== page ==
[Table of Contents]

[Better Tools for
Forest Management
]

 

Criteria and Indicators


 

In 1998, CIFOR completed the initial four-year phase of its pioneering project to develop objective methods for determining whether forests are being managed sustainably. Known broadly as "criteria and indicators" (C&I), this work has generated so much interest in the forestry and conservation sectors that dozens of institutions and individuals around the world have teamed up with CIFOR to field test C&I for possible use in a wide range of forest settings.

The results of this work are closely followed by many national and international agencies that are struggling to discover ways of defining and measuring sustainability, and of making timber and forest product certification programmes viable. Some of the impetus comes from a recent push by the World Bank and the World Wide Fund for Nature to have 100 million hectares of tropical forest certified as sustainable by the year 2005.

"Criteria" are not measurement instruments but standards by which to judge the situation under study. "Indicators" are a means of measuring the realisation of the standards.

Indicators have long been an important instrument in the health, education and financial sectors, for monitoring potential problems and guiding the adoption of corrective measures and policy changes where needed. Similarly, criteria and indicators should make it possible to monitor the health and management of forests.

Biological vigour, as indicated by conditions such as levels of biodiversity, is one important gauge of sustainability. The development of C&I for biodiversity is one component of CIFOR’s research programme. But additional measures are needed to assess social conditions and the relationship between forest-dwelling people and the area they inhabit.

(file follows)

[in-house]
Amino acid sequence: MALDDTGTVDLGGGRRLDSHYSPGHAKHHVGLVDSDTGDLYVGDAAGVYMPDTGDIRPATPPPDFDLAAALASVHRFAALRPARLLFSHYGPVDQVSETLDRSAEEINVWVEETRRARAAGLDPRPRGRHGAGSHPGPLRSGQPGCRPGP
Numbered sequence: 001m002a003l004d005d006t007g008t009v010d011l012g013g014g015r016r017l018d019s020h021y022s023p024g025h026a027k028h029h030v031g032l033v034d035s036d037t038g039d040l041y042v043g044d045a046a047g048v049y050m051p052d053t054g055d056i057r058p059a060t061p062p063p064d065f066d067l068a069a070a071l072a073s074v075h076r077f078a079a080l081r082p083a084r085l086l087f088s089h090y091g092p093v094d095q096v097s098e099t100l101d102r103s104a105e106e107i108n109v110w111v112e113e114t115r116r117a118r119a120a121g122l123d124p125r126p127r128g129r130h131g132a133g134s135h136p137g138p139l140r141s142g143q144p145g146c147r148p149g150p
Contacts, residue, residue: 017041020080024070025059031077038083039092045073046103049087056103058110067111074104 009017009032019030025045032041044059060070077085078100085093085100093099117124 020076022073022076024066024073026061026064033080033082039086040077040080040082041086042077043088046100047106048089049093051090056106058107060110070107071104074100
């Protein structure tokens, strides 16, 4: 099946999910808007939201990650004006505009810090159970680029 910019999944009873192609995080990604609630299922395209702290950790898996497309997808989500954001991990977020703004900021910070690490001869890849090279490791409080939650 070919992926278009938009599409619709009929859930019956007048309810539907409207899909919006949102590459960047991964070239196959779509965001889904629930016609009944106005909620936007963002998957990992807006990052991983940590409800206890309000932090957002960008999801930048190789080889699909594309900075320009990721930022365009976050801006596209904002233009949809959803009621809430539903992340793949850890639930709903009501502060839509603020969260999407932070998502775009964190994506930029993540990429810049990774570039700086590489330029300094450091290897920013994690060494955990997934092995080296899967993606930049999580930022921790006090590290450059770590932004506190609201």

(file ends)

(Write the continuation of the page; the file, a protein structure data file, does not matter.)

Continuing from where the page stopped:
Because tropical forests are complex and varied, no "universal set" of C&I is possible. Instead, researchers must devise locally tailored sets of C&I that are appropriate for various settings, such as forests where logging concessions operate.

CIFOR’s C&I research programme, led by Dr. Ravi Prabhu and now part of a newly restructured programme headed by Dr. Carol J. Pierce Colfer, has focused largely on the development of indicators for social sustainability in relation to forest management. A major achievement in 1998 was the completion of a series of tools to guide the development of C&I. These include a generic template for constructing a minimum set of criteria and indicators, and a set of manuals. One example from that set is The BAG (The Basic Assessment Guide for Human Well-Being), which helps users draw on various social science methods for C&I development and assessment. The newest addition, CIMAT (Criteria and Indicators Modification and Adaptation Tool), is a computer-based model that integrates C&I related to production of goods and services, policy, social issues and ecology, and provides assistance to those wanting to incorporate community-based and other location-specific knowledge into C&I.

In 1998, CIFOR researchers described the results of ongoing work in several countries to devise appropriate and effective ways of assessing human well-being in a variety of forest settings. A key area of focus is the relative benefits accruing to various stakeholders at forest sites and related issues, such as the degree to which local people have "rights" in forest management and how those rights are allocated.

One study, for example, explored this issue at sites in Indonesia and Cameroon that were judged "forest rich" or "forest poor." The researchers found that while government and timber companies dominated access to cash-generating timber, local people chiefly had access to other forest resources. There were important variations in this distribution of benefits, and future work will analyse patterns that contribute to these differences.

Meanwhile, at a workshop in March sponsored by the U.N. Food and Agriculture Organization, a group of biodiversity experts, including geneticists and ecologists, discussed key issues in efforts to develop C&I for biodiversity assessment. In 1998 CIFOR’s research in this area changed its emphasis to focus more on broader issues of biodiversity, in line with the centre’s overall biodiversity research programme. Major undertakings in 1998 included the preparation of a literature review of critical thresholds of biodiversity C&I, as well as planning for field tests that were scheduled to begin in mid-1999.